effect, a chain of Old Testament quotations, but inserts the word
'wherefore' to show that he is now drawing practical implications from
the great truth that the Christians are the temple of the living God.
The older shrines were separated off from the world around them; so the
Christians must be SPIRITUALLY and MORALLY withdrawn from the pagan
society in which they have to live" (p. 99).
Notice—NOT SOCIAL. This is not a social issue.
A Christian should certainly be able to remain spiritually and
morally separated from others (no matter what their religions might
be), if they are working with them SOCIALLY to build an
orphanage, feed a starving child, or pass out clothes to people who are
wearing rags. In fact, that would be a golden opportunity to share
Jesus with that person. Nevertheless, some Christians feel that this is
wrong. And that Christians should only work with other Christians in
the social realm. But, as we see, working only with Christians is not
mandated by scripture. It must be viewed as more of a personal
On a personal level, I cannot understand an unwillingness to help others
with those of differing beliefs. In a recent blog, I addressed this
very issue when responding to a Christians who felt it was
improper/unbiblical to work with non-Christians in the social arena.
Consider my following comments, originally posted at simplemindedpreacher:
you telling me that on 9/11 if you were in NYC, you would NOT have
helped survivors of the terrorist attacks if your search/rescue team
was being coordinated by a Buddhist? Or that you would NOT pull debris
off an area where there might have been survivors if your team
consisted of 3 atheists, a Hindu, and 4 Jews (a very possible mix in
about Katrina in New Orleans? You would NOT have gotten in a boat to
rescue stranded people unless your whole boat was full of Christians?
What if you found out that one of those "Christians" was a liberal from
a United Methodist Church in New Orleans? Would you turn the boat while
people were drowning?
remind you that we are to be in the world, but not of it (John
17:14-15). And also, in Romans 10:15, Paul declares, "And how shall
they preach unless they are sent? Just as it is written, ‘How
beautiful are the feet of those who bring glad tidings of good things!"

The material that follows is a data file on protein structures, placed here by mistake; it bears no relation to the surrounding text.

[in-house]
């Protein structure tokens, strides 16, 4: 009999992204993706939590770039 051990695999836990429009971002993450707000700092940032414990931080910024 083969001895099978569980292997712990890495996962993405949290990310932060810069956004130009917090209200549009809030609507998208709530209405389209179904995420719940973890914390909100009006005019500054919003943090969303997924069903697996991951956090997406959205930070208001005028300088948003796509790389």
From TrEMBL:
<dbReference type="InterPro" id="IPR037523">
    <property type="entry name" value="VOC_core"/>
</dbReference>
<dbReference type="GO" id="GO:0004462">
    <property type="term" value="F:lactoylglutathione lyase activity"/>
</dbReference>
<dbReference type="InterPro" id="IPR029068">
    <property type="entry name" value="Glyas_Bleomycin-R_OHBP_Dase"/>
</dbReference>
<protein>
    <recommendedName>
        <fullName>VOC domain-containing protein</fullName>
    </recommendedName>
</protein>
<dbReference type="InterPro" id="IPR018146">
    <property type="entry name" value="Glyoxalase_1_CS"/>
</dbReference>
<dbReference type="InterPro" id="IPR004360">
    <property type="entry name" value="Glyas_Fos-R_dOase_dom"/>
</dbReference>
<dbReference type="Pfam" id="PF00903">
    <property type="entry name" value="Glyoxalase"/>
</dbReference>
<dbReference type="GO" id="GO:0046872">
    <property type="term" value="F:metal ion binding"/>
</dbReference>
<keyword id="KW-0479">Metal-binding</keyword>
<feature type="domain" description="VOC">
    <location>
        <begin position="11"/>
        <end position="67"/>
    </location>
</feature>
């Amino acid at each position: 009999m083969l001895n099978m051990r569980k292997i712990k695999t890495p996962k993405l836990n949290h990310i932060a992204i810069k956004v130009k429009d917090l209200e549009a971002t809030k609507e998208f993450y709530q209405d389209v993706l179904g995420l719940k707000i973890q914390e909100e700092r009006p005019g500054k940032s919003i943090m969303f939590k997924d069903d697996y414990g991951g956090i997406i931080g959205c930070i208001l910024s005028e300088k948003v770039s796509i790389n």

I am thrilled that ambassadors of Christ will be walking on those
beautiful feet in all parts of the world thanks to the P.E.A.C.E. Plan.
the Bible forbids us from helping out in the world socially with people
who do not happen to be Christian.If you or anyone else does not want
to help alleviate the suffering in the world unless you're working with
other Christians, then fine. But please, allow others who feel
differently to respond to James 1:27 and James 2:14-17 without fear of
being labeled a compromiser, a New Ager, a pluralist, a false teacher,
a deceiver, and all manner of other names.
In conclusion, all Warren is saying is that it is time for our good
deeds as Christians to be just as uppermost in our minds as our
beliefs. He sees the church lacking in this area, just as the church
was lacking in doctrine (creeds) in Martin Luther's day. Consequently,
Warren feels like we need to have a SECOND reformation, but this one
needs to be about deeds, rather than creeds. Christians, according to
Warren, must be equally as concerned about deeds as they are about
creeds. Only by having balance in these two areas can believers live in
obedience to not only the Great Commission (Matthew 28:19-20), but also the Great
22:37-40), coupled with James 1:27 and James 2:14-17.
To use another quote by Warren—a quote that I have NEVER seen mentioned by even one of Warren's critics—"The Christian life is far more than creeds and convictions; it includes
conduct and character. Our deeds must be consistent with our creeds,
and our beliefs must be backed up with Christlike behavior" (The Purpose Driven Life, p. 183).
This quote fully, clearly, and
directly explains precisely what Warren means when he talks about a New
Reformation about deeds, not creeds. So why is no one bothering to
quote either it, or permutations of it, which are readily available at
Warren's pastors .com? (see "Discipleship: how we grow" (Ministry Toolbox, #59, 7/17/2002 and "Helping your members mature little by little" (Ministry Toolbox,
#161, 6/30/2004, under "Saddleback Sayings"). My personal belief is
that far too many of Warren's critics are looking to condemn him, no
matter what he says or does. And that is a tragedy.